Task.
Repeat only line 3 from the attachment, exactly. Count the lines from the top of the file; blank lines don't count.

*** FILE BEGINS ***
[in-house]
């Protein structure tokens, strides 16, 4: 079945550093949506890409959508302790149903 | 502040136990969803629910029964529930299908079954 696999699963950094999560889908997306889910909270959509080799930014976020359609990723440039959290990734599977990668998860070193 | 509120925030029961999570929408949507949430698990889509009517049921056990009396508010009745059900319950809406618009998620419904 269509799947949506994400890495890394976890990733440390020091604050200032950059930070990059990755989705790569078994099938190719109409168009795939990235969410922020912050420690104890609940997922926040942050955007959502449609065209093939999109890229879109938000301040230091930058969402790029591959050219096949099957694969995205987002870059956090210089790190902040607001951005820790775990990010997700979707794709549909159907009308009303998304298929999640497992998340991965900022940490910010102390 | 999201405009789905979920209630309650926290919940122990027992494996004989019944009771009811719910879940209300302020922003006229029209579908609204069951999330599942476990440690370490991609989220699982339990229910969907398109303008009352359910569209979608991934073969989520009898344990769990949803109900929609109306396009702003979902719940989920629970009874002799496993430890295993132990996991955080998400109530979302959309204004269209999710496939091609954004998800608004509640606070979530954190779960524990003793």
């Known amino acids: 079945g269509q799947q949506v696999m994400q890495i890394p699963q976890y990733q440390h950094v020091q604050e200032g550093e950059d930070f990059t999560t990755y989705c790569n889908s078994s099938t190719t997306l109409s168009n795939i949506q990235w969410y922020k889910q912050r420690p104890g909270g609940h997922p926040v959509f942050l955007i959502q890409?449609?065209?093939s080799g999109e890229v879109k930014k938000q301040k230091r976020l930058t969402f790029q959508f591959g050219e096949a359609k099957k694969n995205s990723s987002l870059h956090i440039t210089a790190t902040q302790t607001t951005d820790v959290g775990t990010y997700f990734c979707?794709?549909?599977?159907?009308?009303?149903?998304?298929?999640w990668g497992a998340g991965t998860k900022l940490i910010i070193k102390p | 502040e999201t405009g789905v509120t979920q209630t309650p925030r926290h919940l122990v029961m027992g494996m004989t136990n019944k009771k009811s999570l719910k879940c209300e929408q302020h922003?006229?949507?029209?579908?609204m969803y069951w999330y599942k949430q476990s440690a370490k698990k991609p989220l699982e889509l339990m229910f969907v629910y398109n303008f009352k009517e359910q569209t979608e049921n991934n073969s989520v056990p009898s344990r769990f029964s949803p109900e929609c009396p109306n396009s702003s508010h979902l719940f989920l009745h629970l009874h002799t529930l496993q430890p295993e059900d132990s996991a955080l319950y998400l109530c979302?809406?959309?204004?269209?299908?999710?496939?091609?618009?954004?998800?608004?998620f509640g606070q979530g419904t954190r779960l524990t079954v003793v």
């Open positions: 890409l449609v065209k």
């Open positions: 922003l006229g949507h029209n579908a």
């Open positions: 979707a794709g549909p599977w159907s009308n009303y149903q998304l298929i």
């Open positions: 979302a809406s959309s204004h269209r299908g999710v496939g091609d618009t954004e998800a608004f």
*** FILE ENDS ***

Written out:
């Known amino acids: 079945g269509q799947q949506v696999m994400q890495i890394p699963q976890y990733q440390h950094v020091q604050e200032g550093e950059d930070f990059t999560t990755y989705c790569n889908s078994s099938t190719t997306l109409s168009n795939i949506q990235w969410y922020k889910q912050r420690p104890g909270g609940h997922p926040v959509f942050l955007i959502q890409?449609?065209?093939s080799g999109e890229v879109k930014k938000q301040k230091r976020l930058t969402f790029q959508f591959g050219e096949a359609k099957k694969n995205s990723s987002l870059h956090i440039t210089a790190t902040q302790t607001t951005d820790v959290g775990t990010y997700f990734c979707?794709?549909?599977?159907?009308?009303?149903?998304?298929?999640w990668g497992a998340g991965t998860k900022l940490i910010i070193k102390p | 502040e999201t405009g789905v509120t979920q209630t309650p925030r926290h919940l122990v029961m027992g494996m004989t136990n019944k009771k009811s999570l719910k879940c209300e929408q302020h922003?006229?949507?029209?579908?609204m969803y069951w999330y599942k949430q476990s440690a370490k698990k991609p989220l699982e889509l339990m229910f969907v629910y398109n303008f009352k009517e359910q569209t979608e049921n991934n073969s989520v056990p009898s344990r769990f029964s949803p109900e929609c009396p109306n396009s702003s508010h979902l719940f989920l009745h629970l009874h002799t529930l496993q430890p295993e059900d132990s996991a955080l319950y998400l109530c979302?809406?959309?204004?269209?299908?999710?496939?091609?618009?954004?998800?608004?998620f509640g606070q979530g419904t954190r779960l524990t079954v003793v």